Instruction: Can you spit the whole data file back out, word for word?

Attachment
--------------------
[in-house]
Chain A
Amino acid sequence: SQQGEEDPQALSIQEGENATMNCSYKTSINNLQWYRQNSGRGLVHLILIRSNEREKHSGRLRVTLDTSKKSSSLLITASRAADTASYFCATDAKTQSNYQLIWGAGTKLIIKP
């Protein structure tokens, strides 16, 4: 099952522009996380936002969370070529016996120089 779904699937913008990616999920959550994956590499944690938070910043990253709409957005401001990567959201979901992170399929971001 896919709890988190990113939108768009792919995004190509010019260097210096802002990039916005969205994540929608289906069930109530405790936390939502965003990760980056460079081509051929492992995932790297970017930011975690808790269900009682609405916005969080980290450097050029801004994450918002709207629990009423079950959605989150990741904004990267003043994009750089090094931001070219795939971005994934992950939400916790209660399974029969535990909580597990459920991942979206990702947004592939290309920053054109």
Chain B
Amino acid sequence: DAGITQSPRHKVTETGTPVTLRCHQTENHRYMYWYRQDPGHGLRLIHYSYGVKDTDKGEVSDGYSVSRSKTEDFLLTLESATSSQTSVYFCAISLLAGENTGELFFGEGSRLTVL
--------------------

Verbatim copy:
[in-house]
Chain A
Amino acid sequence: SQQGEEDPQALSIQEGENATMNCSYKTSINNLQWYRQNSGRGLVHLILIRSNEREKHSGRLRVTLDTSKKSSSLLITASRAADTASYFCATDAKTQSNYQLIWGAGTKLIIKP
């Protein structure tokens, strides 16, 4: 099952522009996380936002969370070529016996120089 779904699937913008990616999920959550994956590499944690938070910043990253709409957005401001990567959201979901992170399929971001 896919709890988190990113939108768009792919995004190509010019260097210096802002990039916005969205994540929608289906069930109530405790936390939502965003990760980056460079081509051929492992995932790297970017930011975690808790269900009682609405916005969080980290450097050029801004994450918002709207629990009423079950959605989150990741904004990267003043994009750089090094931001070219795939971005994934992950939400916790209660399974029969535990909580597990459920991942979206990702947004592939290309920053054109």
Chain B
Amino acid sequence: DAGITQSPRHKVTETGTPVTLRCHQTENHRYMYWYRQDPGHGLRLIHYSYGVKDTDKGEVSDGYSVSRSKTEDFLLTLESATSSQTSVYFCAISLLAGENTGELFFGEGSRLTVL